Walter Scott

This tool cabinet I consider the most convenient for bench workers of any I have ever seen. It can be carried or shipped as easy as any tool chest and it is surprising the number of tools it will contain. The cabinet should be placed four or five inches above the centre of the bench and every tool will be within easy reach. It will only occupy about five inches of bench room when open.

Fig. 9 gives detail of construction. Fig. 1 is detail of chisel and straight-gouge rack. Fig. 11 detail of drawers, built of 1-4 inch stuff, and two inches deep.

A Tool Cabinet For Bench Workers 298

One 2-inch No. 14 screw holds case to the wall, the iron plate, Fig. 13, is screwed to the back of case and three inches down from the top; the screw enters lower part of slot, case drops down and is held firmly. Fig, 1 is a front elevation of the cabinet. The case is built solid, then cut as shown in Fig. 4. Fig. 5 shows case open. The section at G H shows the tills I, I, III, IV, V and VI open or partly open. The tills have flush draw pulls in one end. A 1/2 inch dowel, 1 inch long, set in the partition between the tills, forms a stop as shown in G H.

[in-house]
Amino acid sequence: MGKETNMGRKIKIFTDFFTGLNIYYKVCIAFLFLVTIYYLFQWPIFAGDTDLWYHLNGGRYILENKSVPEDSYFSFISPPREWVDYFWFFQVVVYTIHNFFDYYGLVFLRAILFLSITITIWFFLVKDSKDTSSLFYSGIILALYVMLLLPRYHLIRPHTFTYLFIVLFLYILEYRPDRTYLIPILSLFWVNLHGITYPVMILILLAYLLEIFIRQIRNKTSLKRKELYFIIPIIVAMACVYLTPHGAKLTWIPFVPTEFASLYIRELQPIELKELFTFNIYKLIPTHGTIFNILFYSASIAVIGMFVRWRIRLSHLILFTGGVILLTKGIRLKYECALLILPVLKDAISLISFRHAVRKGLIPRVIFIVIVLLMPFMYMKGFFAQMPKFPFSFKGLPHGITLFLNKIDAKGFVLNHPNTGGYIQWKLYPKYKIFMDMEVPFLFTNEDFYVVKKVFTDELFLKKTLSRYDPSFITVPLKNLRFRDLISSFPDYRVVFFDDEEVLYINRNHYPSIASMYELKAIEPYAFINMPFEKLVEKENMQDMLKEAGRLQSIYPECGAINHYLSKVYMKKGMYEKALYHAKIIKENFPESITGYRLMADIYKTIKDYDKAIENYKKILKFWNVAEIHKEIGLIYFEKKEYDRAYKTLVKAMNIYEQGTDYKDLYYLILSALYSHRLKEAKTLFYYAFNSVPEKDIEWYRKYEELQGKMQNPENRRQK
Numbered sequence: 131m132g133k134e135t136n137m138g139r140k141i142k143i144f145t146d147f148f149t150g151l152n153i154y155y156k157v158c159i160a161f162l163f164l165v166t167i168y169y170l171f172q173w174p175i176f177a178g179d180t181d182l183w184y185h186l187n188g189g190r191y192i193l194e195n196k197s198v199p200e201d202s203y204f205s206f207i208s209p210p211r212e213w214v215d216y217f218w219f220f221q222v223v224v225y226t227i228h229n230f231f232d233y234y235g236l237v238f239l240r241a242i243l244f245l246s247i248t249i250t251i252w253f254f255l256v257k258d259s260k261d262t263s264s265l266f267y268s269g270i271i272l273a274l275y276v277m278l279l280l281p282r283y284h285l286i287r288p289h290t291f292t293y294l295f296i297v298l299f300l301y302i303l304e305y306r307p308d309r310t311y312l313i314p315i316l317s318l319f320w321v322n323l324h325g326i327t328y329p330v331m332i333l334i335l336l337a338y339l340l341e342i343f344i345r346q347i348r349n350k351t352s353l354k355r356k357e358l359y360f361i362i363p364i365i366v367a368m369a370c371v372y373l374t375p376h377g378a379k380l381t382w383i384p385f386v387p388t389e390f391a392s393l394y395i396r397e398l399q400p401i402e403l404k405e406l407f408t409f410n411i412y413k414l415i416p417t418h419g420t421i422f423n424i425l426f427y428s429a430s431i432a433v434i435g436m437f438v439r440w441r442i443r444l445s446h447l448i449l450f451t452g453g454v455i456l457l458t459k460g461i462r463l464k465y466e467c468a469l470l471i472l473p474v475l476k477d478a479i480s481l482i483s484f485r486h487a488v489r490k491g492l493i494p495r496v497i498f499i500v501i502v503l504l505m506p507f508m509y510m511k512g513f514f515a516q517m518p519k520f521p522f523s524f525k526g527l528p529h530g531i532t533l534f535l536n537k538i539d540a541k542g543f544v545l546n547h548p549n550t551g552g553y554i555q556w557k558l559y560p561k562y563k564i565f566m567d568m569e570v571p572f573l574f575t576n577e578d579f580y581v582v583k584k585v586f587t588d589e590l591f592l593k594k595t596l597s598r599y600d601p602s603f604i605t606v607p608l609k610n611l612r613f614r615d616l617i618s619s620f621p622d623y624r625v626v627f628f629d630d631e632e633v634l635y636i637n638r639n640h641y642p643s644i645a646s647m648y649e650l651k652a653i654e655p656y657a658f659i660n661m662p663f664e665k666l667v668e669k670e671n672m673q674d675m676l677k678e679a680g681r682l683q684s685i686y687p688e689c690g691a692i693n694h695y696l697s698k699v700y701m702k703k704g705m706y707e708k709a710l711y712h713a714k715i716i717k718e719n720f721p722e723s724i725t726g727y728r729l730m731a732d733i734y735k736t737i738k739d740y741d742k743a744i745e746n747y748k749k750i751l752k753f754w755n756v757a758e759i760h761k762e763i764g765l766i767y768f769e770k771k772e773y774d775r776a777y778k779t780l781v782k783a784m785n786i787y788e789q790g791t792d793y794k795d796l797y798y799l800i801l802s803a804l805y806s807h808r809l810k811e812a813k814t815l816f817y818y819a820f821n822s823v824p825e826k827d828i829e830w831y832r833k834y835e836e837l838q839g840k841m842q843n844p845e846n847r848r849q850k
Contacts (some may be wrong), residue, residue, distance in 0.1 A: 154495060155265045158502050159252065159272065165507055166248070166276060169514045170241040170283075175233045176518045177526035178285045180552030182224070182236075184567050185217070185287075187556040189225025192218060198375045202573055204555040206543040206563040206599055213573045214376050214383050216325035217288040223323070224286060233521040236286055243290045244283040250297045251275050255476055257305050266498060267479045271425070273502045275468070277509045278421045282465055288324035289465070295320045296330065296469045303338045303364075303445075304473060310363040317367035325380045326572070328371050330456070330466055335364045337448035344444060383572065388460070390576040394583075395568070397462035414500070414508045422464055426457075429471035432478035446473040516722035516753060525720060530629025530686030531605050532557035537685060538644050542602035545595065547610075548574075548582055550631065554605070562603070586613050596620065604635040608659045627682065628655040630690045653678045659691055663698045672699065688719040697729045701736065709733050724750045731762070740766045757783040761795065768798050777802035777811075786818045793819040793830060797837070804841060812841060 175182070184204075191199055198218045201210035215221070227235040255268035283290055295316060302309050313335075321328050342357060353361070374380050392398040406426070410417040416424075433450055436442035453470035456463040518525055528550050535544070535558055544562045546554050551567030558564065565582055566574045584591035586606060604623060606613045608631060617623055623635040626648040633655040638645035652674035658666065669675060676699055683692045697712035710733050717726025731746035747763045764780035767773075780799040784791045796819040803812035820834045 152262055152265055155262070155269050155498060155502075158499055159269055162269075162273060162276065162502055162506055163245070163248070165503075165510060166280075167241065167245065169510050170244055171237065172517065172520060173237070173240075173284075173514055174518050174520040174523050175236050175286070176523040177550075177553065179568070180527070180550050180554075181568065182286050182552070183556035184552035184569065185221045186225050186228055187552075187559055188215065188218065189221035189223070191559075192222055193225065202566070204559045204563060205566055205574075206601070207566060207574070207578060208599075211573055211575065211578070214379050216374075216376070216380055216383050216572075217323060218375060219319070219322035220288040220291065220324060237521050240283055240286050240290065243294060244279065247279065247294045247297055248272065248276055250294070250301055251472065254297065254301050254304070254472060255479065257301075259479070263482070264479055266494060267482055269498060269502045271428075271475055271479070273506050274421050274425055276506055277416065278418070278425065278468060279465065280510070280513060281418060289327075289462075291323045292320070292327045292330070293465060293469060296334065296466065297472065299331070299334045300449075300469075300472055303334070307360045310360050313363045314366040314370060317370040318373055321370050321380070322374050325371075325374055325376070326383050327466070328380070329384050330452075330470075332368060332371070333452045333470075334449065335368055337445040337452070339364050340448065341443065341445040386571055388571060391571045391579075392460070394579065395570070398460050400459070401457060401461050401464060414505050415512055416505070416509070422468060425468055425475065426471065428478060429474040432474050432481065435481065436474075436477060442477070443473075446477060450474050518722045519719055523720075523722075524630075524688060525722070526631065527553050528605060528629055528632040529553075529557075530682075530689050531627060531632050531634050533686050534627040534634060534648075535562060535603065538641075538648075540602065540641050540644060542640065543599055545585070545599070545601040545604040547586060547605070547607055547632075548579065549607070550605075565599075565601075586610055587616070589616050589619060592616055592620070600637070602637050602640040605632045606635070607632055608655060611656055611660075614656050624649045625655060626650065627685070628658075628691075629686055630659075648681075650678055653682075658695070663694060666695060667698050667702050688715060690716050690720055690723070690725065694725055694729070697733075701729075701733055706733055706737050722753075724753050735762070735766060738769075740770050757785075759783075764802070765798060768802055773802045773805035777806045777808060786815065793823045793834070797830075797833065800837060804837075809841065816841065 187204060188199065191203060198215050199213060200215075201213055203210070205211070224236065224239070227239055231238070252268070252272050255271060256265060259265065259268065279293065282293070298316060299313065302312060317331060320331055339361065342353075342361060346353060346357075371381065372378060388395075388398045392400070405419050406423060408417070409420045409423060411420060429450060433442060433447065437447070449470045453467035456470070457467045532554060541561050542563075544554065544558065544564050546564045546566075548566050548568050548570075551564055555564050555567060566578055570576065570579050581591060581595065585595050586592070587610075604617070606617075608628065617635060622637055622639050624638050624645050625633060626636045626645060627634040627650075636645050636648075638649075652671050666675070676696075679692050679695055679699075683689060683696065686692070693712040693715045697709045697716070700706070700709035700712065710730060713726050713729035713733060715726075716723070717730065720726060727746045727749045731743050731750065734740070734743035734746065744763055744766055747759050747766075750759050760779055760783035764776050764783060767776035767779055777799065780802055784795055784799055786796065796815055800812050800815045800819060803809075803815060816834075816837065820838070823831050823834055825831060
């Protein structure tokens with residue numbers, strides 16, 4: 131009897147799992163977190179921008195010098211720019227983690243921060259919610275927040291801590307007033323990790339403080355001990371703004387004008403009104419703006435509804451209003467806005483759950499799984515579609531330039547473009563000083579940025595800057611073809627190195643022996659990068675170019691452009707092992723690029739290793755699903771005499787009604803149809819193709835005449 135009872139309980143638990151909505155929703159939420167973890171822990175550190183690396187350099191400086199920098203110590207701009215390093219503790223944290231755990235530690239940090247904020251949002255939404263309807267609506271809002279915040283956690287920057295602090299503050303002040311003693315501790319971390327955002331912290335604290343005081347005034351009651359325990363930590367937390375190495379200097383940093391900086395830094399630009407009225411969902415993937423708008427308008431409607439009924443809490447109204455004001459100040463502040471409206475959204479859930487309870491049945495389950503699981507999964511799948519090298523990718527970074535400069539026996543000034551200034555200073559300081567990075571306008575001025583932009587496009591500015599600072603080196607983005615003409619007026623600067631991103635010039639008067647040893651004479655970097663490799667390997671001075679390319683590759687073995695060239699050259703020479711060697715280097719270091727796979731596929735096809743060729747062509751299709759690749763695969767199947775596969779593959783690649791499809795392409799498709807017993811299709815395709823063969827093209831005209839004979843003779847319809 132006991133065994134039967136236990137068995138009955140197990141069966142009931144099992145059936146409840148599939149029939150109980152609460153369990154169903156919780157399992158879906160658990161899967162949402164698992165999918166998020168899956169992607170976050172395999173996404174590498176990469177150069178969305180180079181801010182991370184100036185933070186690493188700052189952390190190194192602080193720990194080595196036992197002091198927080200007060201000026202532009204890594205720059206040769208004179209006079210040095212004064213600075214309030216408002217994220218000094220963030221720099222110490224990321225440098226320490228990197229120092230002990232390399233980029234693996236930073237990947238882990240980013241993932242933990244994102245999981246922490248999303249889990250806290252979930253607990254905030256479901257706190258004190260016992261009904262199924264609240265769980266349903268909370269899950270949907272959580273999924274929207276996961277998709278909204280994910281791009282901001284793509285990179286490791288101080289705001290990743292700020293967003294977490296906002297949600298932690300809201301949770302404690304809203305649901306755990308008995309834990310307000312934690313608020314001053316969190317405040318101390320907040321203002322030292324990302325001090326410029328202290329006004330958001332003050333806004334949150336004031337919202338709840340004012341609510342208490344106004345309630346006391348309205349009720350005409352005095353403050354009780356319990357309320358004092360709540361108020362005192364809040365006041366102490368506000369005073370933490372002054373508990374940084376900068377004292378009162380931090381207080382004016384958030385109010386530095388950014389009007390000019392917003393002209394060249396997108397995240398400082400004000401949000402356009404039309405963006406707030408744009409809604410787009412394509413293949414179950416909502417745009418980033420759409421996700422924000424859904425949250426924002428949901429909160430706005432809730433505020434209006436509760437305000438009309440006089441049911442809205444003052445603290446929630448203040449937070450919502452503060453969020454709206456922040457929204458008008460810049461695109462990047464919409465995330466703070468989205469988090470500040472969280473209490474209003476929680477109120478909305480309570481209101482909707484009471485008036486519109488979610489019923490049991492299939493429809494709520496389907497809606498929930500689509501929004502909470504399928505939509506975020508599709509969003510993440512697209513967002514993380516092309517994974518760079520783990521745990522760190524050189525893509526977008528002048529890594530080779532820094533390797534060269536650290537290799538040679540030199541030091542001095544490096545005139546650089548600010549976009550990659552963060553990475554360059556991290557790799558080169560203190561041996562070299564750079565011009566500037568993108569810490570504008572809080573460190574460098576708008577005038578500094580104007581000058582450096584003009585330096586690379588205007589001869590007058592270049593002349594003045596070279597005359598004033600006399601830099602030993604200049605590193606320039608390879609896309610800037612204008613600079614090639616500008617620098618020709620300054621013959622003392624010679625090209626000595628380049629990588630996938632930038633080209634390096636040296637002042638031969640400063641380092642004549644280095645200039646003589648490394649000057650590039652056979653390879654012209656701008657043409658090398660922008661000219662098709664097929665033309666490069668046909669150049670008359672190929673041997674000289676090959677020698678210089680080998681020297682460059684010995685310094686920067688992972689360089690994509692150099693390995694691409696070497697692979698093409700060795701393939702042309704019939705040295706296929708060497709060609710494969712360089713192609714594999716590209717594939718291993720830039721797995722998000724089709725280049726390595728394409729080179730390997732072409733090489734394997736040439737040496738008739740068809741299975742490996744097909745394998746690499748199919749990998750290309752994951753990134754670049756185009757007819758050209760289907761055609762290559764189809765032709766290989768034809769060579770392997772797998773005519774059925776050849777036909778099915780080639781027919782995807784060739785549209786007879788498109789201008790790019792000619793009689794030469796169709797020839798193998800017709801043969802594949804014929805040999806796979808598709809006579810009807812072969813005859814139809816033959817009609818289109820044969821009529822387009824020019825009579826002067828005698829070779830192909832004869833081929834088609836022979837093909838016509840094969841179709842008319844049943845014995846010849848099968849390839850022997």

The letter T designates the bent-gouge case (details are shown in Fig. 12), with springs to hold tools in place. At letter R is space for three planes placed in end, with suitable buttons to hold them. There is also-room in this space for combination square, inclinometer, etc. The letter P shows the room for brace, hand" drills, planes, rabbet planes, etc. At X is space for saws and long tools. The chisel rack is in place at \V and is hinged to swing around so that one can get at both sides. At V is a rack for small bits, nail sets, plug cutter, and such small tools as are constantly in demand. This rack is a block of wood with holes bored part way through and is hinged to swing out of the way of the bit case at U which holds a complete set of bits. It is arranged same as the bent-gouge case, Fig. 13. This tool cabinet should be built of hard wood, and! if well made will last a lifetime. A continuous hinge, such as piano manufacturers use, would be better than the three hinges shown in Figs. 1, 2 and 5. The left-hand door fastens with an elbow catch and the right-hand door is secured to it with a spring lock. It may seem a good deal of work and expense to make a case like this, but the convenience will make up for that in a short time. Your tools are always in place, not scattered all over the bench and in the way. When it is time to leave the shop, there.are very few tools to gather up; just swing the doors shut and that is all.-"Wood Craft."